Near Herkimer in Herkimer County, New York — The American Northeast (Mid-Atlantic)
Where Lt. Solomon Woodworth and His Men Fell
Erected 1959 by the Herkimer County Board of Supervisors during New York State’s Year of History and dedicated to the D.A.R.
Location. 43° 4.147′ N, 74° 57.872′ W. Marker is near Herkimer, New York, in Herkimer County. Marker is on Smith Road north of Shells Bush Road (County Route 94), on the left when traveling north. Touch for map. Marker is in this post office area: Herkimer NY 13350, United States of America.
Other nearby markers. At least 8 other markers are within 4 miles of this marker, measured as the crow flies. Fort Dayton (approx. 3 miles away); Revolution in the Mohawk Valley (approx. 3 miles away); The Thirty-Fourth Regiment (approx. 3 miles away); General Herkimer Takes Command (approx. 3 miles away); 1834 Jail (approx. 3.1 miles away); Fred'ck Staring (approx. 3.3 miles away); Early Village Burying Ground (approx. 3.3 miles away); General Nicolas Herrhheimer (approx. 3.3 miles away). Touch for a list and map of all markers in Herkimer.
More about this marker. Smith Road crosses West Canada Creek north of the marker.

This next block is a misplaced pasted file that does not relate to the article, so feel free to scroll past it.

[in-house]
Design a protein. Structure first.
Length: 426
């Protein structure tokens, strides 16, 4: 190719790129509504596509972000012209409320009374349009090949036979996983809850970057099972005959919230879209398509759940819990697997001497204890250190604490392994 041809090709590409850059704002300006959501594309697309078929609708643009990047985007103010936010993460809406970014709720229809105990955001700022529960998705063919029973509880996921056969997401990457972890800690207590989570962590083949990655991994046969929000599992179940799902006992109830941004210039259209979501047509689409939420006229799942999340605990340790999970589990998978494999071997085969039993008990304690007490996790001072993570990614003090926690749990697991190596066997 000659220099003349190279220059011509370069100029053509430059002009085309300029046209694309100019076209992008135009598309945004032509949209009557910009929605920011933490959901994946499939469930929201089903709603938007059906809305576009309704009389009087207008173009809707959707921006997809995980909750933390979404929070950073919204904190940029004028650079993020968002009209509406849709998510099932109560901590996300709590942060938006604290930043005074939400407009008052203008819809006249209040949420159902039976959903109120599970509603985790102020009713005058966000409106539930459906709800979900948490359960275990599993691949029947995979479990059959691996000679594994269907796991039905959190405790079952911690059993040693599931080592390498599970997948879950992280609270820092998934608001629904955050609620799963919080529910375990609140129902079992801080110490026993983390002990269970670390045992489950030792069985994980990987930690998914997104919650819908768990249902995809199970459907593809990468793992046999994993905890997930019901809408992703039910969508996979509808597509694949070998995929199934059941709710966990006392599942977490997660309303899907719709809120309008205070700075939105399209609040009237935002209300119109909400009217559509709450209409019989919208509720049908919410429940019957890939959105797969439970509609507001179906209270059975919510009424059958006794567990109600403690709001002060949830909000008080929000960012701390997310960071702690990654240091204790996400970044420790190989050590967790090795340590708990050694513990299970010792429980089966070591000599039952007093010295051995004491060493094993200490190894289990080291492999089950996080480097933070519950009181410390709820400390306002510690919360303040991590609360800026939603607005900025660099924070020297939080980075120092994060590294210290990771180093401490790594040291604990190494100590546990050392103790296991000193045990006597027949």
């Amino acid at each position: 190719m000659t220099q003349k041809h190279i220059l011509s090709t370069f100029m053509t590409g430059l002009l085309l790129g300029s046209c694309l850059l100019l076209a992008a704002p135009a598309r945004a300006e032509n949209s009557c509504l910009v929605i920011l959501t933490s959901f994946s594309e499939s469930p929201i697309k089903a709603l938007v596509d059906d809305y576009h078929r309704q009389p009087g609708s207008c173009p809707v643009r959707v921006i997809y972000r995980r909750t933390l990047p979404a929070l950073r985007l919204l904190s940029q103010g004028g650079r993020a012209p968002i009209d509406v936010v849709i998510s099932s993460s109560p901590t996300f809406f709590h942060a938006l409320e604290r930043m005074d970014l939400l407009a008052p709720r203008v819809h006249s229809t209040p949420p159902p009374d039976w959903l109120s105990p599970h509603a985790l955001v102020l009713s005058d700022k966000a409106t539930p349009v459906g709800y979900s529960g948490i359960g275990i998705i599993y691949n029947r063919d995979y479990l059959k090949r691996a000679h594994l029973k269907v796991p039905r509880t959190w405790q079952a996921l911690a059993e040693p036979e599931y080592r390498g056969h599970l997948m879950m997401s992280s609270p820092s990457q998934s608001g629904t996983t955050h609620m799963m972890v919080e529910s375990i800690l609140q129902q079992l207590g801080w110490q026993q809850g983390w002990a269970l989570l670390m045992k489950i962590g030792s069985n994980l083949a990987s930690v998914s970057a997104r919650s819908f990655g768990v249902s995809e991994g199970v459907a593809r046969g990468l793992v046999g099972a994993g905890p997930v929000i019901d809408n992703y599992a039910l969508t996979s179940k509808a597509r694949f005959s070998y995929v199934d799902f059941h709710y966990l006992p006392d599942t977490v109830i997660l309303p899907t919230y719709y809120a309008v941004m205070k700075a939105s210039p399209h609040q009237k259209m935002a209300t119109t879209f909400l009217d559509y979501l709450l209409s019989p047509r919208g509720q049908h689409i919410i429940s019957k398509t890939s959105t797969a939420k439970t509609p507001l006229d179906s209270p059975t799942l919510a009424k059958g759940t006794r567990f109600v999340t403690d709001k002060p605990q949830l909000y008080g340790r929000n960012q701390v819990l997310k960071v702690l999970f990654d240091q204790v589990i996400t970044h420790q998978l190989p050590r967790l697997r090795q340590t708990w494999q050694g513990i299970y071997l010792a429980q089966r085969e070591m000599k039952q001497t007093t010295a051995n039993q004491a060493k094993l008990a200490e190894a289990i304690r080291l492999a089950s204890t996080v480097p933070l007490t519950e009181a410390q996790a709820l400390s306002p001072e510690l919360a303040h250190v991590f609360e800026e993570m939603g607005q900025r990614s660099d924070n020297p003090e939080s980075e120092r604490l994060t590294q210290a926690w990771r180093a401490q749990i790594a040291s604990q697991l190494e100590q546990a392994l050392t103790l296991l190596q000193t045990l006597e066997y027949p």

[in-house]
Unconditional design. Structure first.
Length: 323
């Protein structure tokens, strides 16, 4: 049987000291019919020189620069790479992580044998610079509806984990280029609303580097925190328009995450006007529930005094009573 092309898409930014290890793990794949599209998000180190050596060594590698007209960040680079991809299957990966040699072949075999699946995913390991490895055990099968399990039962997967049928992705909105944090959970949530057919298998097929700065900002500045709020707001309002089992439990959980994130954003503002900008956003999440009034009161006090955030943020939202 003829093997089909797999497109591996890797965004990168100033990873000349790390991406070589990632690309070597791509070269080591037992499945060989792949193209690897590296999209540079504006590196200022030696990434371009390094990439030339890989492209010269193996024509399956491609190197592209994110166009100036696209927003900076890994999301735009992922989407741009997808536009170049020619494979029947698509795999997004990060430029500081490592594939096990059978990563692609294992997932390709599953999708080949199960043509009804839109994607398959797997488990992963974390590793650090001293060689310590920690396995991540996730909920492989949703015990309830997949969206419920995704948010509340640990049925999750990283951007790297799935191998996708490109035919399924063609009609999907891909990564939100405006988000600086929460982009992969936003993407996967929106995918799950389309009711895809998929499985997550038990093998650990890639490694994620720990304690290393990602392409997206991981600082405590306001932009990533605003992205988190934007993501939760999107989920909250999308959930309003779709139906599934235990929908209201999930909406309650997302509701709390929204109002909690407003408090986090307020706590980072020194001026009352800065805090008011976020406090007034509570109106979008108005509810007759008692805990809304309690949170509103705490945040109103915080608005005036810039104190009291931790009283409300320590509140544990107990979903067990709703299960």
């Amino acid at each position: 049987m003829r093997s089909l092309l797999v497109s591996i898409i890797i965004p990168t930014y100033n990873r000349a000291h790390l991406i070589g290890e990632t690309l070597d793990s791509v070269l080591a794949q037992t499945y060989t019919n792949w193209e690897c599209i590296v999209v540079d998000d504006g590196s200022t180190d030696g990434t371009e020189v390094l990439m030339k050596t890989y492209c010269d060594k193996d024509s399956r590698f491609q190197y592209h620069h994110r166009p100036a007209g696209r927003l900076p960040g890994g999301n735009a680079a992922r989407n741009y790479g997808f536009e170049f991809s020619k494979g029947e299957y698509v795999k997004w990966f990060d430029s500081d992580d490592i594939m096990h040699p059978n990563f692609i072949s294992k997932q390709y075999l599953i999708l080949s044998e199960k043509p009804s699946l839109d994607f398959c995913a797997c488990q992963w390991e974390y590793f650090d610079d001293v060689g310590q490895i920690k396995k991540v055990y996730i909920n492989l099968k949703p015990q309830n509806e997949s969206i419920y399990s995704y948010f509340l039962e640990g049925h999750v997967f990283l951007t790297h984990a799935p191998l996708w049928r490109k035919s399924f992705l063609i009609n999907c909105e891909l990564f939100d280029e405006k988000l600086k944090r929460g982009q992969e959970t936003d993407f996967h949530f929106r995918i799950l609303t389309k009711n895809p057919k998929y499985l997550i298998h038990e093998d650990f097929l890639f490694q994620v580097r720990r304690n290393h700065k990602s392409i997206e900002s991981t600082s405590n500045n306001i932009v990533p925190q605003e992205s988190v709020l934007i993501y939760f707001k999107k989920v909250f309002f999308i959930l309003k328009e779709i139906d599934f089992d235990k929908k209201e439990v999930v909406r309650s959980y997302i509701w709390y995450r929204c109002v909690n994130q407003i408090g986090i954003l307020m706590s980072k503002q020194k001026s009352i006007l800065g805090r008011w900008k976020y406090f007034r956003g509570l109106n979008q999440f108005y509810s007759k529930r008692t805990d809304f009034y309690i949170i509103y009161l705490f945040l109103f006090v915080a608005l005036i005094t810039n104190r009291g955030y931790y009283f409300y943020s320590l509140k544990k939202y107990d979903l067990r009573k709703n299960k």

Regarding Where Lt. Solomon Woodworth and His Men Fell.
Related marker. Click here for another marker that is related to this marker. It is another monument to Solomon Woodworth and his men in Fulton County.
Also see . . .
1. The Death of Solomon Woodworth. Page on Ken Johnson’s Fort Plank website.“. . . We took rations for seven days and with a company of 42 privates besides officers and 5 Stockbridge indians & our Oneida. We start from Fort Herkimer on the 7th day of Sept crossed West Canada Creek and soon after came across the trail of the Indians and after following a few miles further we came up with enemy when a Skirmish ensued and the Indians apparently fled, when our Captain (Woodworth) exclaimed ‘Hurra! men, the rascals run!’ A few moments however we found ourselves surrounded, and all of our officers and 23 privates fell in the conflict—the remainder except myself and 5 others were either wounded and tomahawked by the Indians or made their escape back to the fort—I was taken with five other prisoners . . . ” (Submitted on December 21, 2011, by James Finnegan of Mohawk, New York.)
2. The Fate of A Scouting Party. By James F. Morrison. From “the British version”: “. (Submitted on December 21, 2011, by James Finnegan of Mohawk, New York.)
Categories. • War, US Revolutionary •
Credits. This page was last revised on June 16, 2016. This page originally submitted on December 22, 2011, by James Finnegan of Mohawk, New York. This page has been viewed 706 times since then and 37 times this year. Photos: 1. submitted on December 22, 2011, by James Finnegan of Mohawk, New York. 2, 3, 4. submitted on June 14, 2013, by Dale K. Benington of Toledo, Ohio. • J. J. Prats was the editor who published this page.